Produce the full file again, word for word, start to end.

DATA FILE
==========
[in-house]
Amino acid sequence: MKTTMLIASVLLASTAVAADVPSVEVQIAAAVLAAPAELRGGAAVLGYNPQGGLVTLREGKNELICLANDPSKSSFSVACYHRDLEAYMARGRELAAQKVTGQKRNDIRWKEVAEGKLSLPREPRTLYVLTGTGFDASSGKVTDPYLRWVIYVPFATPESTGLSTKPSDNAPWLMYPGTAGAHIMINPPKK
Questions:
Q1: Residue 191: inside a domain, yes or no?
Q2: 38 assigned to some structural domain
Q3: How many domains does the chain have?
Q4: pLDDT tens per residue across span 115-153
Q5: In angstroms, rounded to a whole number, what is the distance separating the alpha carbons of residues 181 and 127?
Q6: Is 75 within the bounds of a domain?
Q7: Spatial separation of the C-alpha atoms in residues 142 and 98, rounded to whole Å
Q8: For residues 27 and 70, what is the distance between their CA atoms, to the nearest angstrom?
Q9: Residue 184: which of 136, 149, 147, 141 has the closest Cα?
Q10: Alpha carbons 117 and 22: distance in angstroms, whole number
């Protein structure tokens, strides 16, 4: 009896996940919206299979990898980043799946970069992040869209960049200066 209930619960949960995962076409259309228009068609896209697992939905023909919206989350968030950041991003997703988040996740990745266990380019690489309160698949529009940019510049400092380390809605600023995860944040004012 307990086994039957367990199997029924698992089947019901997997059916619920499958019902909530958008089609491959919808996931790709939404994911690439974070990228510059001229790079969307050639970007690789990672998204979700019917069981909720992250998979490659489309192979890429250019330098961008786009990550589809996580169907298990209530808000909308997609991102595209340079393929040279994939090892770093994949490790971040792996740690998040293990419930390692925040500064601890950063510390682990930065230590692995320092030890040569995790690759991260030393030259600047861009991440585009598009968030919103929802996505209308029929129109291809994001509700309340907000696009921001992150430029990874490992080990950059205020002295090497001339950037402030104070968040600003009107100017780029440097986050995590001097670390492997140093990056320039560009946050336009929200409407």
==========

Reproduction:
[in-house]
Amino acid sequence: MKTTMLIASVLLASTAVAADVPSVEVQIAAAVLAAPAELRGGAAVLGYNPQGGLVTLREGKNELICLANDPSKSSFSVACYHRDLEAYMARGRELAAQKVTGQKRNDIRWKEVAEGKLSLPREPRTLYVLTGTGFDASSGKVTDPYLRWVIYVPFATPESTGLSTKPSDNAPWLMYPGTAGAHIMINPPKK
Questions:
Q1: Residue 191: inside a domain, yes or no?
Q2: 38 assigned to some structural domain
Q3: How many domains does the chain have?
Q4: pLDDT tens per residue across span 115-153
Q5: In angstroms, rounded to a whole number, what is the distance separating the alpha carbons of residues 181 and 127?
Q6: Is 75 within the bounds of a domain?
Q7: Spatial separation of the C-alpha atoms in residues 142 and 98, rounded to whole Å
Q8: For residues 27 and 70, what is the distance between their CA atoms, to the nearest angstrom?
Q9: Residue 184: which of 136, 149, 147, 141 has the closest Cα?
Q10: Alpha carbons 117 and 22: distance in angstroms, whole number
């Protein structure tokens, strides 16, 4: 009896996940919206299979990898980043799946970069992040869209960049200066 209930619960949960995962076409259309228009068609896209697992939905023909919206989350968030950041991003997703988040996740990745266990380019690489309160698949529009940019510049400092380390809605600023995860944040004012 307990086994039957367990199997029924698992089947019901997997059916619920499958019902909530958008089609491959919808996931790709939404994911690439974070990228510059001229790079969307050639970007690789990672998204979700019917069981909720992250998979490659489309192979890429250019330098961008786009990550589809996580169907298990209530808000909308997609991102595209340079393929040279994939090892770093994949490790971040792996740690998040293990419930390692925040500064601890950063510390682990930065230590692995320092030890040569995790690759991260030393030259600047861009991440585009598009968030919103929802996505209308029929129109291809994001509700309340907000696009921001992150430029990874490992080990950059205020002295090497001339950037402030104070968040600003009107100017780029440097986050995590001097670390492997140093990056320039560009946050336009929200409407």